Red Wing or Red Wing Creek structure is a meteor crater located in McKenzie County, North Dakota, about 24 km (15 mi) southwest of Watford City, North Dakota, United States.
Rochechouart crater is an impact crater in France. The initial crater shape and structure has been lost by erosion and there is no crater visible on site; therefore it is more accurately described as Rochechouart impact structure.
Sierra Madera crater is a meteorite crater (astrobleme) in southwestern Pecos County, Texas, United States. The central peak of the rebound structure of the impact crater rises 793 ft (242 m) above the surrounding land. The peak is visible from U.S. Highway 385 between Fort Stockton, Texas and Marathon, Texas. The Sierra Madera crater is located on private property on the La Escalera Ranch.
Viewfield is an impact crater in Saskatchewan, Canada.
Woodleigh is a large meteorite impact crater (astrobleme) in Western Australia, centred on Woodleigh Station east of Shark Bay, Gascoyne region. A team of four scientists at the Geological Survey of Western Australia and the Australian National University, led by Arthur J. Mory, announced the discovery in the 15 April 2000 issue of Earth and Planetary Science Letters.
Silverpit crater is a buried sub-sea structure under the North Sea off the coast of the island of Great Britain. The 20 km crater-like form, named after the Silver Pit — a nearby sea-floor valley recognized by generations of fishermen — was discovered during the routine analysis of seismic data collected during exploration for gas in the Southern North Sea Sedimentary Basin.
Serra da Cangalha is an impact crater in the State of Tocantins, near the border of Maranhão State, in north/northeastern Brazil. The crater is between 12 and 13 kilometres in diameter, making it the second-largest known crater in Brazil. Its age is estimated to be about 220 million years. The name means Pack-Saddle Mountains in Portuguese.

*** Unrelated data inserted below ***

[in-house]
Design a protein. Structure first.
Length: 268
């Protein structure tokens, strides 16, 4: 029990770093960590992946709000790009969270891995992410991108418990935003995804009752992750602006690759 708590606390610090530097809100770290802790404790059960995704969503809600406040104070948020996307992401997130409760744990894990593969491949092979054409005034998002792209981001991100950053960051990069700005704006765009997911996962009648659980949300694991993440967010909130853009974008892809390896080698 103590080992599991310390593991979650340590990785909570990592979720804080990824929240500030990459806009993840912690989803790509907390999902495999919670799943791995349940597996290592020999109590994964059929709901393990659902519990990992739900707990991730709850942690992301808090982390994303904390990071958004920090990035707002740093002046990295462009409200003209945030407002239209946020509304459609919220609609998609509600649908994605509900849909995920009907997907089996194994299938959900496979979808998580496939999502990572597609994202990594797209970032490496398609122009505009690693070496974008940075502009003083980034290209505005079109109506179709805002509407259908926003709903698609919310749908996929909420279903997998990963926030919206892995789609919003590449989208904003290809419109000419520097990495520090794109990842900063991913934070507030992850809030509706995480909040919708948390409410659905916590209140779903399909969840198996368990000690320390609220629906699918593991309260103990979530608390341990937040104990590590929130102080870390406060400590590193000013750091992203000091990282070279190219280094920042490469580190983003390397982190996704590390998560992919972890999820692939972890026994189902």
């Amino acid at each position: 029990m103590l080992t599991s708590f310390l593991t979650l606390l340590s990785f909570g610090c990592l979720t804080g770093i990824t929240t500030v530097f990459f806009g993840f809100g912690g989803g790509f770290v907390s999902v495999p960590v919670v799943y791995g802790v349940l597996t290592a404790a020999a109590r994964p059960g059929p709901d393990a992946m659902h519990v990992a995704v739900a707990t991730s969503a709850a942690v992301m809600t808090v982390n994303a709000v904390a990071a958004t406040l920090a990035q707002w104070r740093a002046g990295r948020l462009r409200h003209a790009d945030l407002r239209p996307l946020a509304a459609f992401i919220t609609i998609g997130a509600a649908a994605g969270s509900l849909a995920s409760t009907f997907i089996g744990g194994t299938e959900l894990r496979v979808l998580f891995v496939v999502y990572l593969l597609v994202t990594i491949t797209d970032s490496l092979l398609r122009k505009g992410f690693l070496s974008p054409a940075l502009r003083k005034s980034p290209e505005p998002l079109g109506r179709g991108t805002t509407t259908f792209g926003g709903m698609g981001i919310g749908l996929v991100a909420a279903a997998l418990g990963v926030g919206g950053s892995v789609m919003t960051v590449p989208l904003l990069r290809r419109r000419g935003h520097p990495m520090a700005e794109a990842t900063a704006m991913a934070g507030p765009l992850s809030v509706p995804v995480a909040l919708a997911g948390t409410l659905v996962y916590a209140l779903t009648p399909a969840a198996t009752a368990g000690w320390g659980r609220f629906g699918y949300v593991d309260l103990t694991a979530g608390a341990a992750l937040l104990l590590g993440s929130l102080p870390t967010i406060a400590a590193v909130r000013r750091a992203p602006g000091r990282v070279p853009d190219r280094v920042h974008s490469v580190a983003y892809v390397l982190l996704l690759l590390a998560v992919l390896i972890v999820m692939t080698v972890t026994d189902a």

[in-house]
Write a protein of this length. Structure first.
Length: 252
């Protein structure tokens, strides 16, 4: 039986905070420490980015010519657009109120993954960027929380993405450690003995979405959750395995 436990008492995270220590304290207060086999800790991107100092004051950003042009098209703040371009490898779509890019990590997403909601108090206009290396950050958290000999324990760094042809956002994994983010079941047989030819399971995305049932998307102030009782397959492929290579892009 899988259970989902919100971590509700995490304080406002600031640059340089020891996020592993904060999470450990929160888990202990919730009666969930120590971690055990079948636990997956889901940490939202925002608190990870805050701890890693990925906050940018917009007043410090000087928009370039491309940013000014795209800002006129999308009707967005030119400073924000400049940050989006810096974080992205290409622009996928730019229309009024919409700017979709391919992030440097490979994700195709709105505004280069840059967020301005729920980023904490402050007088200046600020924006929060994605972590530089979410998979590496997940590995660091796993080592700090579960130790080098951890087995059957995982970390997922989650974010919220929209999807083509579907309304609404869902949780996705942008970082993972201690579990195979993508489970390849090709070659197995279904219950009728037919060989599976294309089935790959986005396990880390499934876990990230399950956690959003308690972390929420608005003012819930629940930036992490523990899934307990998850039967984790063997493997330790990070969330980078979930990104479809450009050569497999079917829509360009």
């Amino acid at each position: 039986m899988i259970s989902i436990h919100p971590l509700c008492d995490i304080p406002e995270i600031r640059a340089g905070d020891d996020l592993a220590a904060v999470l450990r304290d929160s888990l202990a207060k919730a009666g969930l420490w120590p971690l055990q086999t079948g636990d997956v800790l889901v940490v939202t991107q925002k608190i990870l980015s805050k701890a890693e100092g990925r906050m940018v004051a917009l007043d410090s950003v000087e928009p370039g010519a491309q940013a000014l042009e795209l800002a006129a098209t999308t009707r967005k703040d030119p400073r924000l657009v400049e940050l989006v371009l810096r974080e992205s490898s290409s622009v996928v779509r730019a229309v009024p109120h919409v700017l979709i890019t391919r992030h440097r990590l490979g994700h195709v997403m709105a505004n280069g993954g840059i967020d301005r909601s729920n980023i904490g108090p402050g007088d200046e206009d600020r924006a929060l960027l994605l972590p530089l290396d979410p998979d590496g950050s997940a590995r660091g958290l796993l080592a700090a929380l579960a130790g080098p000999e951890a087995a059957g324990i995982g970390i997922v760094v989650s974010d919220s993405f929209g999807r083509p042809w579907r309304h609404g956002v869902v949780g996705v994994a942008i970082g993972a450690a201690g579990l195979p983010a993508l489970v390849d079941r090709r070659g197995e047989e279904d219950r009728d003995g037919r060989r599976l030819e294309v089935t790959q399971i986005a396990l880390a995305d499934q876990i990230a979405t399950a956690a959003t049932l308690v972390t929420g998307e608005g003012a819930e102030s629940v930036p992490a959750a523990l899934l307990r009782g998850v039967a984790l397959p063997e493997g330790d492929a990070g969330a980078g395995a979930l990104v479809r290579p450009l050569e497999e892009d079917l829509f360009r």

The Lac Wiyâshâkimî, also called the Clearwater Lakes in English, is a calque of Wiyâšâkamî in Northern East Cree and Allait Qasigialingat by the Inuit, are a pair of annular lakes on the Canadian Shield in Quebec, Canada, near Hudson Bay.
The Cooper Basin is a Permian-Triassic sedimentary geological basin in Australia. The basin is located mainly in the southwest part of Queensland and extends into north eastern South Australia. It is named after the Cooper Creek which is an ephemeral river that runs into Lake Eyre. For most of its extent, it is overlain by the Eromanga Basin. It covers 130,000 km².
The Eromanga Basin is a large Mesozoic sedimentary basin in central and northern Australia. It covers parts of Queensland, the Northern Territory, South Australia, and New South Wales, and is a major component of the Great Artesian Basin. The Eromanga Basin covers 1,000,000 km² and overlaps part of the Cooper Basin.
Christian Köberl is a professor of impact research and planetary geology at the University of Vienna, Austria. From June 2010 to May 2020 he was director general of the Natural History Museum in Vienna. He is best known for his research on meteorite impact craters.